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The simulations I tried were Bouncy maps – https://www.bouncymaps.com/#!/bouncymaps/WORLD/1147138151 and Phet http://phet.colorado.edu/sims/html/energy-skate-park-basics/latest/energy-skate-park-basics_en.html. I feel that they have a really easy and efficient user interface as you can play around on the web itself, certain other simulations require you to download/embed one. The Phet one is a little tough to get your head around but as I have used it in physics lessons, I found it easier. For a beginner, I would recommend playing around with the modifiable variables to understand any concept. Using the play/pause/slow motion options gives the users a chance to improve their understanding and concepts. The second one I used was the Bouncy map, it was weird that a normal map acts as the default page rather than the bouncy map. That is either to emphasize how effective a bouncy map could be. It is easy to work with, the zooming in and out can go a little out of control but changing the variables and reading data is really easy.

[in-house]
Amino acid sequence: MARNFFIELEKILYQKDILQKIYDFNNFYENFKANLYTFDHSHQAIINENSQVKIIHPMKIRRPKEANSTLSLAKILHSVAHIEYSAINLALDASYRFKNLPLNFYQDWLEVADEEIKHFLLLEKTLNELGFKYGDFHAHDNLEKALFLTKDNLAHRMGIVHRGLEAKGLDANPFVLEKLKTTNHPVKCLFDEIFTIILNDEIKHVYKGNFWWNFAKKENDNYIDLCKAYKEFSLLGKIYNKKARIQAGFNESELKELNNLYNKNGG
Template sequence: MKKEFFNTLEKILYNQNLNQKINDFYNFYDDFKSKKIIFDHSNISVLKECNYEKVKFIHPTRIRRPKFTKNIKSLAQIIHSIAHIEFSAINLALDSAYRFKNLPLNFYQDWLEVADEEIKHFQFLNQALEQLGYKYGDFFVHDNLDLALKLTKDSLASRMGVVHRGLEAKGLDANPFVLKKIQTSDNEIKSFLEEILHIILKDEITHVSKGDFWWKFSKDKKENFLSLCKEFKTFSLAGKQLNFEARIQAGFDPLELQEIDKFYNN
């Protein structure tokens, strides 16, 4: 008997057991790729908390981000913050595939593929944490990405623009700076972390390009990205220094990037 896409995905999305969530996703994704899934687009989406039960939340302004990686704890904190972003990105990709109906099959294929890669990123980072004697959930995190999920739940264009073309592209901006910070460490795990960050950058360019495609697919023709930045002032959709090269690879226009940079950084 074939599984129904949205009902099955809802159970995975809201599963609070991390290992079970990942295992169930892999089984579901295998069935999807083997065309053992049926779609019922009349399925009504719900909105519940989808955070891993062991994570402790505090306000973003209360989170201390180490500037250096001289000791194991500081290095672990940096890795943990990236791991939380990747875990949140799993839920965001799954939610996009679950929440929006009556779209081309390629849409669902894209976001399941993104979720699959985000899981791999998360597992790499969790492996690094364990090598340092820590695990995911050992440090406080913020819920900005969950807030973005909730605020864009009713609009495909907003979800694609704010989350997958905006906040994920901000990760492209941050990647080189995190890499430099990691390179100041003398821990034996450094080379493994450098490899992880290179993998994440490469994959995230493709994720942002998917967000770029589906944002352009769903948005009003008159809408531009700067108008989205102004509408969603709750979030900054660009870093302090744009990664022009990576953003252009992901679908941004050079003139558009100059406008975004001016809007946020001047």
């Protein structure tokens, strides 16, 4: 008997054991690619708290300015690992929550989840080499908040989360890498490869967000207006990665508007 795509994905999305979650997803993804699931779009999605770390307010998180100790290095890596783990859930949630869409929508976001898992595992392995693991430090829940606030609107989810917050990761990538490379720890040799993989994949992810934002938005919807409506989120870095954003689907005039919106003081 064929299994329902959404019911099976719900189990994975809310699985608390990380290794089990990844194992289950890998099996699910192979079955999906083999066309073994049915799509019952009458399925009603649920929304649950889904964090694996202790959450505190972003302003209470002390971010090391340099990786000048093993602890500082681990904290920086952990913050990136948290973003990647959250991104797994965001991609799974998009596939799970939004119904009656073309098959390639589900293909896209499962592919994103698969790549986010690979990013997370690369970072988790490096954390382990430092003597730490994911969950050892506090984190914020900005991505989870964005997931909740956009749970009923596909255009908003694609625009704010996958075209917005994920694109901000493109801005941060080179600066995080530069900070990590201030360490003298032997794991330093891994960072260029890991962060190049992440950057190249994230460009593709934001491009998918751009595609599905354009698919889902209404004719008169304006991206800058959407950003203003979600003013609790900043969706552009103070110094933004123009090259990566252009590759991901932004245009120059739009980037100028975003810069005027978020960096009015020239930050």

These simulations improve your understanding but might convey misinformation or a misinterpretation of certain concepts as they are animated. But these can limit your critical thinking or your visualizing skills. And also simulations can either miss out on the exceptional features (anomalies) in certain concepts or might be outdated. These simulations are good as a supporting source in research or teaching, but you can’t depend on them, they are models and simulations to improvise your understanding only. They cannot replace real-life demonstrations.

One of the other interesting simulations is Desmos, which is usually used to graph equations and helps a lot to visualize complex graphs during maths lessons, they are easy to use and provide you with all mathematical symbols and expressions https://www.desmos.com/calculator.

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